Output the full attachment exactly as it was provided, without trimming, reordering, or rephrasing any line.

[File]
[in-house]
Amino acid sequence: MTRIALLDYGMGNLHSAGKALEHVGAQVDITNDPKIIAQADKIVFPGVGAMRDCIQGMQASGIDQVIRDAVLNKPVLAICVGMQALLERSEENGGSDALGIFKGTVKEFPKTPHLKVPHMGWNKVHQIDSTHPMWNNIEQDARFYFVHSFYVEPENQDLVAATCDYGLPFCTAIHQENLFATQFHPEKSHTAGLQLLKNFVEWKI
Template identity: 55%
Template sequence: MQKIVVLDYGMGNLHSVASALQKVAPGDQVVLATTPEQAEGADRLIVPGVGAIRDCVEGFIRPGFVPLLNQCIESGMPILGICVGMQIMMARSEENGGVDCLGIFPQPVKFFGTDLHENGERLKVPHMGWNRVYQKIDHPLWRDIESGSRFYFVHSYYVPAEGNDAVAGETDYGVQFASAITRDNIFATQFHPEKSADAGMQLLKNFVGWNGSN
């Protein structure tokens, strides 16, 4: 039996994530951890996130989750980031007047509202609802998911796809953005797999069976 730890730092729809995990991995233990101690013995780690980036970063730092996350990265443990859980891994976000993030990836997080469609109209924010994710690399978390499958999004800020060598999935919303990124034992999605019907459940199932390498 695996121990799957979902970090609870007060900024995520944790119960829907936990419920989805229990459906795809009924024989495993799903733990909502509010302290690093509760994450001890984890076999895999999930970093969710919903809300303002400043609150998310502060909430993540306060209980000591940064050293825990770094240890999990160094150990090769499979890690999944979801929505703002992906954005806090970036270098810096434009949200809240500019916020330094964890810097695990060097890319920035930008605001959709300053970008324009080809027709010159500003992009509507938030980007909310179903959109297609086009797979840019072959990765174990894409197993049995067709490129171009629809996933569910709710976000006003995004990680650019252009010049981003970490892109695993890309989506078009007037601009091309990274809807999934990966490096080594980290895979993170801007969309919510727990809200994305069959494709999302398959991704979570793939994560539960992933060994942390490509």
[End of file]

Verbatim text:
[in-house]
Amino acid sequence: MTRIALLDYGMGNLHSAGKALEHVGAQVDITNDPKIIAQADKIVFPGVGAMRDCIQGMQASGIDQVIRDAVLNKPVLAICVGMQALLERSEENGGSDALGIFKGTVKEFPKTPHLKVPHMGWNKVHQIDSTHPMWNNIEQDARFYFVHSFYVEPENQDLVAATCDYGLPFCTAIHQENLFATQFHPEKSHTAGLQLLKNFVEWKI
Template identity: 55%
Template sequence: MQKIVVLDYGMGNLHSVASALQKVAPGDQVVLATTPEQAEGADRLIVPGVGAIRDCVEGFIRPGFVPLLNQCIESGMPILGICVGMQIMMARSEENGGVDCLGIFPQPVKFFGTDLHENGERLKVPHMGWNRVYQKIDHPLWRDIESGSRFYFVHSYYVPAEGNDAVAGETDYGVQFASAITRDNIFATQFHPEKSADAGMQLLKNFVGWNGSN
């Protein structure tokens, strides 16, 4: 039996994530951890996130989750980031007047509202609802998911796809953005797999069976 730890730092729809995990991995233990101690013995780690980036970063730092996350990265443990859980891994976000993030990836997080469609109209924010994710690399978390499958999004800020060598999935919303990124034992999605019907459940199932390498 695996121990799957979902970090609870007060900024995520944790119960829907936990419920989805229990459906795809009924024989495993799903733990909502509010302290690093509760994450001890984890076999895999999930970093969710919903809300303002400043609150998310502060909430993540306060209980000591940064050293825990770094240890999990160094150990090769499979890690999944979801929505703002992906954005806090970036270098810096434009949200809240500019916020330094964890810097695990060097890319920035930008605001959709300053970008324009080809027709010159500003992009509507938030980007909310179903959109297609086009797979840019072959990765174990894409197993049995067709490129171009629809996933569910709710976000006003995004990680650019252009010049981003970490892109695993890309989506078009007037601009091309990274809807999934990966490096080594980290895979993170801007969309919510727990809200994305069959494709999302398959991704979570793939994560539960992933060994942390490509």